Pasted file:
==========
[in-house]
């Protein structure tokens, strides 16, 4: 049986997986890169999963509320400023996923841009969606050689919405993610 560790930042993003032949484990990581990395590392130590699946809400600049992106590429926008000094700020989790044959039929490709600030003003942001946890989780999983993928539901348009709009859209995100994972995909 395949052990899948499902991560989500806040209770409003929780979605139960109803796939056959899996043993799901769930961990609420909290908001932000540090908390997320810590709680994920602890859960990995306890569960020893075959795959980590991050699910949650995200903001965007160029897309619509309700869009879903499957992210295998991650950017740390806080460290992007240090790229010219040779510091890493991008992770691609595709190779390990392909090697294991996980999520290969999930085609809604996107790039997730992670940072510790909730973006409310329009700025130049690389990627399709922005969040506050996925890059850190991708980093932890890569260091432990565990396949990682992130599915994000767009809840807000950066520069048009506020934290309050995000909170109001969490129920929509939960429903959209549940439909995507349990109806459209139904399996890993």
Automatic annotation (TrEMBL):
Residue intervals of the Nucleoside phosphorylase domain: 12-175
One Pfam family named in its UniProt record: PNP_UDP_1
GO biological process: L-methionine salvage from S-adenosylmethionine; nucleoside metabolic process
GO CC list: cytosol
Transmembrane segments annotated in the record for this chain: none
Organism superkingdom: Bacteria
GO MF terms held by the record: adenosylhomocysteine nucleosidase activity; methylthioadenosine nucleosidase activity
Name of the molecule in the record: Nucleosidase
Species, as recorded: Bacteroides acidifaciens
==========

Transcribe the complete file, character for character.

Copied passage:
[in-house]
């Protein structure tokens, strides 16, 4: 049986997986890169999963509320400023996923841009969606050689919405993610 560790930042993003032949484990990581990395590392130590699946809400600049992106590429926008000094700020989790044959039929490709600030003003942001946890989780999983993928539901348009709009859209995100994972995909 395949052990899948499902991560989500806040209770409003929780979605139960109803796939056959899996043993799901769930961990609420909290908001932000540090908390997320810590709680994920602890859960990995306890569960020893075959795959980590991050699910949650995200903001965007160029897309619509309700869009879903499957992210295998991650950017740390806080460290992007240090790229010219040779510091890493991008992770691609595709190779390990392909090697294991996980999520290969999930085609809604996107790039997730992670940072510790909730973006409310329009700025130049690389990627399709922005969040506050996925890059850190991708980093932890890569260091432990565990396949990682992130599915994000767009809840807000950066520069048009506020934290309050995000909170109001969490129920929509939960429903959209549940439909995507349990109806459209139904399996890993």
Automatic annotation (TrEMBL):
Residue intervals of the Nucleoside phosphorylase domain: 12-175
One Pfam family named in its UniProt record: PNP_UDP_1
GO biological process: L-methionine salvage from S-adenosylmethionine; nucleoside metabolic process
GO CC list: cytosol
Transmembrane segments annotated in the record for this chain: none
Organism superkingdom: Bacteria
GO MF terms held by the record: adenosylhomocysteine nucleosidase activity; methylthioadenosine nucleosidase activity
Name of the molecule in the record: Nucleosidase
Species, as recorded: Bacteroides acidifaciens